To raise awareness of Volvo’s big launch, we had to find an unusual and interesting way to raise awareness and tell the world about it. And since truck buyers are surrounded by a lot of influencers, we needed to go beyond the target group and engage the people they are influenced by such as drivers, family, friends and media. To do so, we had to create something that was instantly shareable and impossible to ignore, but also demonstrated a relevant feature.
In 2020, Volvo was about to launch four new trucks at the same time. Something that is unheard of in the trucking industry. Our brief was to come up with a creative idea that could raise awareness of this big launch in an unusual and interesting way. Even though truck buyers are the decision-makers, their choices are influenced by the people around them such as drivers, family, friends and media. Therefore, we had to create a campaign that was spectacular enough to reach beyond the core target group.
Describe the creative idea (20% of vote)
To demonstrate the strength and power of its four new vehicles, we built a colossal 15-metre, 15-tonne truck tower, stacking the four tracks on top of each other. We started by releasing cryptic teasers to trucker forums and blogs with the message that ”Something big is coming” to create buzz and curiosity. And when we had people’s interest, one day before the launch, we released a spectacular film that displayed the tower in all its glory. As the film reaches its climax, complete with smoke and lighting effects, we see that the man standing on top of the tower is actually Volvo Trucks’ president Roger Alm. Viewers were then directed to a 3-minute documentary that described the construction of the tower and how it was made possible thanks to the 38-tonne bogie.
Describe the PR strategy (30% of vote)
Even though truck buyers are the decision-makers when it comes to buying a new truck, their choices are influenced by the people around them such as drivers, family, friends and media. Therefore, we had to create a campaign that was spectacular enough to reach beyond the core target group. To reach wider, our concept was fully designed for PR, being entertaining and engaging for a large audience, yet product oriented and relevant for the core audience.
We began with cryptic teasers with the message ”Something big is coming” to spark curiosity and create buzz among the target audience. Then, once we had their interest, we released a spectacular film that displayed the tower in all its glory. From the film, viewers were directed to the mini documentary where they could learn more about the project and the 38-tonne-bogie that made it possible.
Describe the PR execution (20% of vote)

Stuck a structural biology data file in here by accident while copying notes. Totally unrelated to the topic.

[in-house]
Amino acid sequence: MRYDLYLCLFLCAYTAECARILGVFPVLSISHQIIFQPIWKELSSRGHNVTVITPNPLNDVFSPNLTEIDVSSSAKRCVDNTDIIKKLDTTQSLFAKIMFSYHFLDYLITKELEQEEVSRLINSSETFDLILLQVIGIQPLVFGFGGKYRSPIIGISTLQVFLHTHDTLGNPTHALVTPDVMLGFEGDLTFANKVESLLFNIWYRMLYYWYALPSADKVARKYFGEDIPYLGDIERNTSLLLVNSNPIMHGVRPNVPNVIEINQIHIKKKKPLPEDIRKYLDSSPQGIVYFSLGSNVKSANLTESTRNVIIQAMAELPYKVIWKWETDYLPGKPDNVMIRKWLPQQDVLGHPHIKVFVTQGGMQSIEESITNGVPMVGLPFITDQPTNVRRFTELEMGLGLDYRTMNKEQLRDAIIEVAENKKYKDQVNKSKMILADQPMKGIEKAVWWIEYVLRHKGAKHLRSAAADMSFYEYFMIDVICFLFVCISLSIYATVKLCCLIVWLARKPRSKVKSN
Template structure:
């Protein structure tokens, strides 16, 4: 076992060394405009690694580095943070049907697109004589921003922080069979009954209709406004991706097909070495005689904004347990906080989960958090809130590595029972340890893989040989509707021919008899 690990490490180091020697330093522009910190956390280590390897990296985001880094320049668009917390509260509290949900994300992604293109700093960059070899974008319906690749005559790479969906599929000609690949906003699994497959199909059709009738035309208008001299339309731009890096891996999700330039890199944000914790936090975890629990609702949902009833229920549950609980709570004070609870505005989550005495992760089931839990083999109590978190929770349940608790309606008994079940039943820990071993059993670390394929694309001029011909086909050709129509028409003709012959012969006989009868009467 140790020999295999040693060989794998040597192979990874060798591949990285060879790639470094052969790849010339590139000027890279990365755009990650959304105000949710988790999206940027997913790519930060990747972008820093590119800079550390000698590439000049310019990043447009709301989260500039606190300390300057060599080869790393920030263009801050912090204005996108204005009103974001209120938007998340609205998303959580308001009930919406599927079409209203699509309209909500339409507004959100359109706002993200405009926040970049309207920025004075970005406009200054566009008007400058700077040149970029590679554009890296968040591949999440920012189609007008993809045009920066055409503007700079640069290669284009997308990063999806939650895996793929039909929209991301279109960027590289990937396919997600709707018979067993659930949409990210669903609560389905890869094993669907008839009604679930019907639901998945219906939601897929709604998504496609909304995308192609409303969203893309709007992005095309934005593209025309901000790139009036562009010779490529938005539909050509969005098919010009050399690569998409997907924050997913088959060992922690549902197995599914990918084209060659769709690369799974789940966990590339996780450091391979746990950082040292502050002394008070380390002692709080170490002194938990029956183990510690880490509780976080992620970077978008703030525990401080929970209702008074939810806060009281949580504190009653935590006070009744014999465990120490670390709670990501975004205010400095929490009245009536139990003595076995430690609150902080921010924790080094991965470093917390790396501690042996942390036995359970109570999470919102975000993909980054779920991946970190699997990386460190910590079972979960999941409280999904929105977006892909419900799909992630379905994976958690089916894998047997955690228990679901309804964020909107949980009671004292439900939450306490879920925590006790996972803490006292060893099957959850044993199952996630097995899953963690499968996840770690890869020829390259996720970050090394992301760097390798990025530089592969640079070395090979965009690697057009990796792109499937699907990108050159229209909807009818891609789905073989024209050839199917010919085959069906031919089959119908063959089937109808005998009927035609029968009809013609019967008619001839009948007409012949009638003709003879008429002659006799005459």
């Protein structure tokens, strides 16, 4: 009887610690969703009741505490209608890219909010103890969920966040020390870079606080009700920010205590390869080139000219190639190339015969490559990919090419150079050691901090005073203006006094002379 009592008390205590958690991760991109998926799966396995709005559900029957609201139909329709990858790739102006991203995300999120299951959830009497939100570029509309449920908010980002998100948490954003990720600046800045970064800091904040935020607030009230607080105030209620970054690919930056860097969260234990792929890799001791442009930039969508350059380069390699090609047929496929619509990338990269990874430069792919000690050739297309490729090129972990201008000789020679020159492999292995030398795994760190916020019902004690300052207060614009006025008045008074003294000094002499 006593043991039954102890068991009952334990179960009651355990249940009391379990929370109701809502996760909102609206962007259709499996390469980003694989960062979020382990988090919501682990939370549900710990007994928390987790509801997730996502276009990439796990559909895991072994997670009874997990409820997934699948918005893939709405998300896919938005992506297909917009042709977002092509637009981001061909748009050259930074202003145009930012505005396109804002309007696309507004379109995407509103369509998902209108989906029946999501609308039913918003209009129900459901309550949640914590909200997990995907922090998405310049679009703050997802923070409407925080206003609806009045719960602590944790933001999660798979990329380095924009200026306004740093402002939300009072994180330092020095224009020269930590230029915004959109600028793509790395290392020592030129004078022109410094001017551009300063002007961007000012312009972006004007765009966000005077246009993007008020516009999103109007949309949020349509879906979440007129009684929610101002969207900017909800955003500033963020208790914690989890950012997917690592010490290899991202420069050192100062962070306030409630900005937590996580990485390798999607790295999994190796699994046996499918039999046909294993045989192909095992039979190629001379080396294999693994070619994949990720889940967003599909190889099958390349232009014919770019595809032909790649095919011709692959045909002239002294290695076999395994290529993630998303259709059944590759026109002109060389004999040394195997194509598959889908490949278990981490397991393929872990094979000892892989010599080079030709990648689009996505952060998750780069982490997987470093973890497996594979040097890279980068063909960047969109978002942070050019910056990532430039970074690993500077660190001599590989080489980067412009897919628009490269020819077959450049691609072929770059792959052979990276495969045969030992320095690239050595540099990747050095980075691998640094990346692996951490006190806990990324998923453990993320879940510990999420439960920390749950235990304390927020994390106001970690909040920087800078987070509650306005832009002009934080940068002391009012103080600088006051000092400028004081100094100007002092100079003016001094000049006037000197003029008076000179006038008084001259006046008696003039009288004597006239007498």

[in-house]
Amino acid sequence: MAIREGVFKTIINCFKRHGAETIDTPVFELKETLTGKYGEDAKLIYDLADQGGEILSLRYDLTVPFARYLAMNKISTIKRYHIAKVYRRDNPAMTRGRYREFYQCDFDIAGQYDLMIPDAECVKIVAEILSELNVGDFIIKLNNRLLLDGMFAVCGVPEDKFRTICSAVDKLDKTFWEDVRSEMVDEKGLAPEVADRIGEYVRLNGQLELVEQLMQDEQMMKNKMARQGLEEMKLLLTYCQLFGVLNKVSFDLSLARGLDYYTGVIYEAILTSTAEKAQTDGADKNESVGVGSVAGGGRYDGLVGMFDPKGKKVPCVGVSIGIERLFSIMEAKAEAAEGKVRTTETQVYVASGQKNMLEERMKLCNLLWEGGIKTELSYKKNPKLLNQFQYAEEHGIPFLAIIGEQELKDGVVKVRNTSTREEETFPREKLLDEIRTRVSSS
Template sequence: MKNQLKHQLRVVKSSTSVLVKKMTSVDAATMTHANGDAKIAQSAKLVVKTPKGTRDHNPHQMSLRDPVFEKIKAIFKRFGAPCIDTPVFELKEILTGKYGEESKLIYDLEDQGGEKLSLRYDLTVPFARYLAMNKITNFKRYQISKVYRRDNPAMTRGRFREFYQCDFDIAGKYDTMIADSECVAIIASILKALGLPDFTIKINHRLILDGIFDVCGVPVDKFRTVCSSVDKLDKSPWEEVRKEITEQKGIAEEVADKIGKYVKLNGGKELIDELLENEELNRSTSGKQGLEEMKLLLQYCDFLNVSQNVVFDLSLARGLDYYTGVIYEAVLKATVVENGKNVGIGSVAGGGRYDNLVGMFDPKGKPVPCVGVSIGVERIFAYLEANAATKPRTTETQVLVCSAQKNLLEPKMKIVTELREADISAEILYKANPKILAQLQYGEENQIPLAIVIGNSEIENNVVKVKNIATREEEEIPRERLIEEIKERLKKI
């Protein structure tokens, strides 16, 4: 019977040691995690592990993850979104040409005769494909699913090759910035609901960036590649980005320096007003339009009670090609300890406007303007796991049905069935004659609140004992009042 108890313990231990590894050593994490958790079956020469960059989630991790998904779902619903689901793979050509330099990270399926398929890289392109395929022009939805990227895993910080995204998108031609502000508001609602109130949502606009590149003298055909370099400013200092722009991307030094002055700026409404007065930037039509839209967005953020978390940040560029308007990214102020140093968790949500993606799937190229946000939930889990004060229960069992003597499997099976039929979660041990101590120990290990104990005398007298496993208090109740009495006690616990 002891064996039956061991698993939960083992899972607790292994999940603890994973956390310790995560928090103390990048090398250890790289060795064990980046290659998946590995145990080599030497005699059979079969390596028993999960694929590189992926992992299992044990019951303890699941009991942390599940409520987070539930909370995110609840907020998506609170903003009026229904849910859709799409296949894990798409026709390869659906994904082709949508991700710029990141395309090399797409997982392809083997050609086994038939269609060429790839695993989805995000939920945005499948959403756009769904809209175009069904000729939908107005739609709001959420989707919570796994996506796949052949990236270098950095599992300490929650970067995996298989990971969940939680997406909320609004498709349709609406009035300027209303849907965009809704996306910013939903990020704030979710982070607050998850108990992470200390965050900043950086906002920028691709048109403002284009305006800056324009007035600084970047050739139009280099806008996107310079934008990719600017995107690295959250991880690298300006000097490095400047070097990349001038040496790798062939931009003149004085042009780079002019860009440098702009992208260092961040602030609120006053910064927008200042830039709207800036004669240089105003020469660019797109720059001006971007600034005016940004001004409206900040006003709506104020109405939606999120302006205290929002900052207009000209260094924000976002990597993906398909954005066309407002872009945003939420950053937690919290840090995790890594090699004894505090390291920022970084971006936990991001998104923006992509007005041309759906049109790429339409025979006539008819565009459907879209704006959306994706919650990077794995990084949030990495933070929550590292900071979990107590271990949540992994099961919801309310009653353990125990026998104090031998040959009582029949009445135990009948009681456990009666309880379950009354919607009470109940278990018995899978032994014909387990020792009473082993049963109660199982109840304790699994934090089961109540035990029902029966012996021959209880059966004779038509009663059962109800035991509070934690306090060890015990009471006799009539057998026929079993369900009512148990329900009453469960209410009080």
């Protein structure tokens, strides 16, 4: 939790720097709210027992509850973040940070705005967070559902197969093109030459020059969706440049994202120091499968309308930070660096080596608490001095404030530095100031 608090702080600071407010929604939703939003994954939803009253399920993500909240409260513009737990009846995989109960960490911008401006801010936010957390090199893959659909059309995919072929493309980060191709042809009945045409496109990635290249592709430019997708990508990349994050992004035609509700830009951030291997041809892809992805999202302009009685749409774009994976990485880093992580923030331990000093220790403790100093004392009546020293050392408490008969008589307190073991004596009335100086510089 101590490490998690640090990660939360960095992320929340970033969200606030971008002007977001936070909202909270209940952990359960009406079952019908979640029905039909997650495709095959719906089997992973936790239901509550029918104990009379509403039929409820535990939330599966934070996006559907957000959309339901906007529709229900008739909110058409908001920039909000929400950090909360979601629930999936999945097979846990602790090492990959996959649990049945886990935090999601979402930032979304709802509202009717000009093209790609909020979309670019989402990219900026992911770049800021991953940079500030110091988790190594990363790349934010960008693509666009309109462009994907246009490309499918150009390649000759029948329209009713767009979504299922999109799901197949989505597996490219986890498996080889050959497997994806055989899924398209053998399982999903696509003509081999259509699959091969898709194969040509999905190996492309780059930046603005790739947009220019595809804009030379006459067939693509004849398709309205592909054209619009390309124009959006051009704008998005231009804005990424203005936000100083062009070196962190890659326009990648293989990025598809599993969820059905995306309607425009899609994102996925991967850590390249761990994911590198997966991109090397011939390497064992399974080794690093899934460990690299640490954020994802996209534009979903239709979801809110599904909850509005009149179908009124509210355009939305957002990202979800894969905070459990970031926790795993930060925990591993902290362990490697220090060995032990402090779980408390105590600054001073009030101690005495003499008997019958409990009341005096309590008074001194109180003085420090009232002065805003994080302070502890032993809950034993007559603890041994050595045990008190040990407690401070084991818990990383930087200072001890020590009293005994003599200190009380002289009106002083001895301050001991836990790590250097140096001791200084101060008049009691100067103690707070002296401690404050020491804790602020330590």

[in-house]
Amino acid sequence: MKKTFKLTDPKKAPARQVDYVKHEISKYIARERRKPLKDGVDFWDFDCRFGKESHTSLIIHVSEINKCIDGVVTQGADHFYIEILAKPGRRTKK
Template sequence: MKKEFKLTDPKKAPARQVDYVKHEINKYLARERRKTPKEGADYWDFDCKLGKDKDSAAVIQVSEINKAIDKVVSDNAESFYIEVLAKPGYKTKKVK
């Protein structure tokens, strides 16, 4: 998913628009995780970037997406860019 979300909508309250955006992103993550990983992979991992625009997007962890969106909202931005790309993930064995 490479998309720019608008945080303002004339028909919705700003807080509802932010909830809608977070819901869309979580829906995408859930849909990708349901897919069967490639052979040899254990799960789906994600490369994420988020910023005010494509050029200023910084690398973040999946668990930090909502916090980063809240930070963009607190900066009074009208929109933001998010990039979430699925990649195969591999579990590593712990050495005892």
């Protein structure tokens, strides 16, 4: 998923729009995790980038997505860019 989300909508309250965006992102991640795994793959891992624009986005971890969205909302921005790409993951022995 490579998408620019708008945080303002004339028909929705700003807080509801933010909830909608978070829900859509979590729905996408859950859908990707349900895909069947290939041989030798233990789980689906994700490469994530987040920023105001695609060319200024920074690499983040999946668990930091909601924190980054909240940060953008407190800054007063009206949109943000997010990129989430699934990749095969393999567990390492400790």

In the trucking industry, launching four trucks at the same time is unheard of. Therefore, we decided to launch the campaign one day prior to the official launch, to make media publish the story, the film, and the never-before-seen before pictures of the trucks.
Key media were provided with assets and interviews, a worldwide PR outreach was orchestrated through Volvo’s PR managers and broad wire pushes, and the film was used at Volvo’s global media events.
We implemented several PR components in the creative idea: Building the tower for real thanks to the new 38-tonne bogie, showing in-depth films of how the product test was done, having their CEO standing on top despite being scared of heights, and dramatizing it with music and special effects that connected it with popular culture. Combined, the creative idea was so unusual, breaking the category language, that it sparked worldwide attention in broad media.
List the results (30% of vote)
Despite launching the campaign at the same time as Covid-19 struck the world, The Tower sparked a global conversation about Volvo’s new launch. Over 660 articles were written with a potential reach of more than 2.5 billion people. It also generated a social reach of over 90 million people and 70 million campaign impressions. Among some of the major news outlets were Daily Mail, Wired and Business insider, as well as trucker magazines, blogs, social media and forums worldwide.
Even though video delivery was halted before the end of the campaign period, the film and the behind-the-scenes film were viewed over 42 million times. On YouTube, the total completion rate was 39%, which is high over automotive benchmark of 20%. When it comes to readership, the paid articles had three times as many visitors as guaranteed. The average visitor spent 3:25 reading an article, which is a staggering length of time considering how media struggle for attention online. But the campaign didn’t just drive interest. It also resulted in tangible business results and a 60% order increase of Volvo Trucks during the campaign period.